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Evidence of exotic trout mediated minnow invasion in Pyrenean high mountain lakes

Alexandre Miró, Marc Ventura
Biological invasions 2015 v.17 no.2 pp. 791-803
Phoxinus, ecosystems, food chain, humans, invasive species, lakes, minnows, models, national parks, sport fishing, trout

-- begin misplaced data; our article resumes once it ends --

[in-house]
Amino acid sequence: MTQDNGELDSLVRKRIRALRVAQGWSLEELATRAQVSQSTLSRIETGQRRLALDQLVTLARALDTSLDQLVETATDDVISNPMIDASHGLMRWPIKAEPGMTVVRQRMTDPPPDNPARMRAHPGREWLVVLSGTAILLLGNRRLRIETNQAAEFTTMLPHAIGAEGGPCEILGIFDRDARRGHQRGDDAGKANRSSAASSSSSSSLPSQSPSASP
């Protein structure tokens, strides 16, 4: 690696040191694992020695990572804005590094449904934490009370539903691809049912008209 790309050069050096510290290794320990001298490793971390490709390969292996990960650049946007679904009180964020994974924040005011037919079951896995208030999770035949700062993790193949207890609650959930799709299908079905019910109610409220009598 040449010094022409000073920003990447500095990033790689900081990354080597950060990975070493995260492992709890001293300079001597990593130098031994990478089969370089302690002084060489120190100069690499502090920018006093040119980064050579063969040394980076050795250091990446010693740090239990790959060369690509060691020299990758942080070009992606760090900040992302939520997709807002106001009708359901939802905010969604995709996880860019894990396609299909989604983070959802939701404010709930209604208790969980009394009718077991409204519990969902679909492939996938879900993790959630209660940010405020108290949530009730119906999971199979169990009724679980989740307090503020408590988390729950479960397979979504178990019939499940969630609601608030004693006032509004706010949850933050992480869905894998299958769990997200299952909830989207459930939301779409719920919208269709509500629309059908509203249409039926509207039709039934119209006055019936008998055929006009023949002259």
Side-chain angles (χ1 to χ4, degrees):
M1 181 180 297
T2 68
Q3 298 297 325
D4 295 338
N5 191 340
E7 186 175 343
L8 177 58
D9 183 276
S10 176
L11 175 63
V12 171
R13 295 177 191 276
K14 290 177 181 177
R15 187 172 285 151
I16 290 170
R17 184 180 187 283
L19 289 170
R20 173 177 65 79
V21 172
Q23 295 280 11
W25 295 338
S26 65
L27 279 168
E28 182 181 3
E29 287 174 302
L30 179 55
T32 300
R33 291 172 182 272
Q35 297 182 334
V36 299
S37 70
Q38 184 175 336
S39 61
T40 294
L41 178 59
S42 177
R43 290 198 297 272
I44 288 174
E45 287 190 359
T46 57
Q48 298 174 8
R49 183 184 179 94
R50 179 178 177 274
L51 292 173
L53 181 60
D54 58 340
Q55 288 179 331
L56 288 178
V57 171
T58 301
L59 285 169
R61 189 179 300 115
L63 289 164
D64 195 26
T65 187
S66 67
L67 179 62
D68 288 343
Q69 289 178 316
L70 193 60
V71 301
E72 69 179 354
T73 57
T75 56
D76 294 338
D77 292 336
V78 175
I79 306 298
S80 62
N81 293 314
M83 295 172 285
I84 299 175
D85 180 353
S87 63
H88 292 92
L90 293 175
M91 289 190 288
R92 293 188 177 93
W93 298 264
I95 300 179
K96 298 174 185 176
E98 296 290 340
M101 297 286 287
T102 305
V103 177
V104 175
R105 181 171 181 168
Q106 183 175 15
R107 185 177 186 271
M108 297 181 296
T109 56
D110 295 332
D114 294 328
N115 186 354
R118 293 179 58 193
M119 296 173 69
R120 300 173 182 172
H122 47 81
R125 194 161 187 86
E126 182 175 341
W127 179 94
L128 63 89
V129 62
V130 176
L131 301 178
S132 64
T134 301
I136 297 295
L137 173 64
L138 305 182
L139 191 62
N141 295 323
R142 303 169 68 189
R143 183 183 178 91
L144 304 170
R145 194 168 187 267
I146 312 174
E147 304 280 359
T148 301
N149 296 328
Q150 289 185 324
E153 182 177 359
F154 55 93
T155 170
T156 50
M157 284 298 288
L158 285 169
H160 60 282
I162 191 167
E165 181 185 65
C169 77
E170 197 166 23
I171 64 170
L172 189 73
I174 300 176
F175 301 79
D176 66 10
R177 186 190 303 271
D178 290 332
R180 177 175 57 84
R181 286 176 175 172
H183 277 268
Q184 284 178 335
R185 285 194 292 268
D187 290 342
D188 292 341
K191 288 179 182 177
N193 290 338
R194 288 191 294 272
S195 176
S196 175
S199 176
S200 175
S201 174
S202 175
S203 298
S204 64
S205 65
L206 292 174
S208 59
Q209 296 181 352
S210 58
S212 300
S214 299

Although high mountain lakes are naturally fishless, there have been numerous trout introductions to such ecosystems in many areas of the world with negative ecological consequences. In recent decades other fishes, such as minnows, have been introduced to some mountain areas, including the Pyrenees. These introductions may cause further ecological problems, since minnows also occupy the top of the food chain, and are difficult to manage since such introductions occur without permission from the authorities. In this study we have analyzed the process of minnow introductions in all high mountain lakes of the southern slope of the Pyrenees to find out which particular factors best explained their present distribution and to evaluate which management measures have been most effective for stopping introductions. We found 27 % of the lakes had minnows (Phoxinus sp.) present, 52 % had trout and 47 % were fishless. Trout presence was the most significant variable explaining 27 % of deviance of minnow presence data in a generalized additive model. Recreational fishing using minnows as live bait is likely responsible for these introductions. Minnow introductions are therefore mediated by a preceding invasive species and facilitated by human activity. We also compared the number of minnow introductions in non-fishing areas of National Parks with other areas where managed fishing takes place. We found that the number of lakes with minnow introductions was increasing in all areas except those where fishing was prohibited, indicating that prohibiting fishing is an effective management practice for stopping minnow introductions.